Name: Nisha Jacob
Course: PPH4056W - Health in Context 
Faculty: Health Sciences
Level: Undergraduate
Category: Holding pattern/Difficulties
One sentence summary: Time constraints, COVID restrictions and students’ unequal internet access required multiple changes to the assessment formats, weighting and administration. The major changes were that the group research project became an individual critical appraisal assignment, the final exam fell away, and an oral assessment was introduced.

Context: The Health in Context course has four components (Public Health, Family Medicine, Health Promotion, and Palliative Care) taught in Year 4 of the MBChB programme. It is a busy course, which would normally include several in-course assessments, including two group projects, and a final exam. Students would normally attend the course for six weeks. In ERT, they had three weeks of remote learning and three weeks where they went back to campus, with very limited contact time. There were concerns that students did not have equal access to remote learning, and it was not feasible to continue with all of the assessments. Some assessments fell away, others were adapted, the group research project was changed to be an individual assignment, and the final exam was removed entirely.

Purpose: The course mark was based on the in-course assessments, which now carried a higher weighting than before ERT, or changed from being a DP requirement to counting for marks. Other assessments that required home visits, or shadowing a GP, were taken out and replaced with a mock-motivational interview with lecturers acting as patients. Palliative care was normally assessed in the written exam, but in ERT that fell away and became an oral assessment. The main summative assessment was the individual critical appraisal assignment which assessed research appraisal skills. There were also a few formative quizzes aimed at recapping the work covered.

Process: For the individual assignment, there was a high risk of collusion if all students were given the same article to appraise, so they were all given individual papers to assess. The topics were all COVID-related, which was highly pertinent to the current times. There were a range of published articles (good and bad). Markers were asked to mark according to each article and how the student engaged with the material, regardless of the quality of the article.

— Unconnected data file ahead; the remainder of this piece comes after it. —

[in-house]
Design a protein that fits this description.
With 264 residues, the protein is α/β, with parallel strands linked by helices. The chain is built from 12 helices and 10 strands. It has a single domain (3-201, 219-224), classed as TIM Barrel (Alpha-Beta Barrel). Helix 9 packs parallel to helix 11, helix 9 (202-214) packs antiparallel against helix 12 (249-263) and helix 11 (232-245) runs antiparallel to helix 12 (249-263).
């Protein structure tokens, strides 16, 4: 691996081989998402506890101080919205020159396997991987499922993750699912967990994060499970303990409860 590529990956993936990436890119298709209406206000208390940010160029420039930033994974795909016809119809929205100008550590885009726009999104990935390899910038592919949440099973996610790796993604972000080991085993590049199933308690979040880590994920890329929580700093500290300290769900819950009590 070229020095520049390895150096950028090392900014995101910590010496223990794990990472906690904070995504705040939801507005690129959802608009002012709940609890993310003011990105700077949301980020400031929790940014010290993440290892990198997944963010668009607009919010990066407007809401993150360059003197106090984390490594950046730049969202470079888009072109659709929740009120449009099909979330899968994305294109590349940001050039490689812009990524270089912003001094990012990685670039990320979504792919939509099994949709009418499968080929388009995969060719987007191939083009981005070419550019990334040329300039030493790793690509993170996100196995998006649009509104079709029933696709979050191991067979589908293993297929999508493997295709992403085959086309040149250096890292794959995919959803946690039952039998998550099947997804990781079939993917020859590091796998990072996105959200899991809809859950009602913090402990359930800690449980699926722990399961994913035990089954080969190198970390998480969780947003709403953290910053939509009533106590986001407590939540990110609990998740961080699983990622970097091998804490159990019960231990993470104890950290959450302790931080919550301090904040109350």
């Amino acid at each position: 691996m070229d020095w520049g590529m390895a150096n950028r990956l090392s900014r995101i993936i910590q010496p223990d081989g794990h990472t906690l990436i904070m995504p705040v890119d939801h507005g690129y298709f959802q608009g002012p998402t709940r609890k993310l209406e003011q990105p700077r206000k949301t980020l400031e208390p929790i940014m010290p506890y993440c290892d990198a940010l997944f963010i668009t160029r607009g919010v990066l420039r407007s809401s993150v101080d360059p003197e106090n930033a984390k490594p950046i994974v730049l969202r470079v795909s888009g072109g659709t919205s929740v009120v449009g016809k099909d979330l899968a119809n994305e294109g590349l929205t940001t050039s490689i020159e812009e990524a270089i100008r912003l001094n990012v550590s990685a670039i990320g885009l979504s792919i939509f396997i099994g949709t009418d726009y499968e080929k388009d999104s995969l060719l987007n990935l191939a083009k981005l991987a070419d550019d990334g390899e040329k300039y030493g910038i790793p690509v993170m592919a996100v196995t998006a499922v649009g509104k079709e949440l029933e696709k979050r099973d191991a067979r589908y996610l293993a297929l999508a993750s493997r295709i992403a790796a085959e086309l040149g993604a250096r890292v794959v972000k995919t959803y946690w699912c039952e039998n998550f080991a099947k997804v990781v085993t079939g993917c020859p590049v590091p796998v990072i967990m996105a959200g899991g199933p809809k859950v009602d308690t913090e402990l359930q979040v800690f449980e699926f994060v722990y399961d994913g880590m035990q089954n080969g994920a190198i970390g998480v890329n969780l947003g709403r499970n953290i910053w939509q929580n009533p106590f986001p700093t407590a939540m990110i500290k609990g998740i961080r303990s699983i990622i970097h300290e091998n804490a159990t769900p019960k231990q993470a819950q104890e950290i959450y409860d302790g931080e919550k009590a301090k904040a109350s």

Outcomes/ Lessons learned: Changing the group research project to the individual appraisal assignment was less aligned with the course objectives in terms of group work and research skills. Another issue was that the marks for the individual assignment were really disparate, with some students who went beyond what was expected, while others had not even grasped the basics of appraisal. This is most likely due to differential teaching, learning and assessment environments, but also highlights the problem in group assessments where this disparity is masked by a combined group mark. Students and staff were happy there was no exam, but it was evident in the course wrap-up that students did not know the content as well as before. The end of year exam was usually where everything was brought together in an integrated manner. In ERT, everything was taught and assessed in silos, essentially covering four sub-courses within one course. Staff particularly enjoyed engaging with students in the palliative care oral assessment, however some students complained about subjectivity. Changing some assessments from being for DP to counting for marks was a positive change that helped students engage more with the material. ERT allowed flexibility and freedom to make changes; however, with the restrictions applied by the UCT course handbook, the assessments will mostly return to how they were pre-COVID, with the exception of the oral assessment, which will be retained, and the exam, which will move online.
Recommendations: While we were forced to make adaptations under ERT, not all the changes were best for the course outcomes or for student learning. The oral assessment component was mostly seen as a useful addition to existing practice, although there were some concerns about subjectivity of the assessors.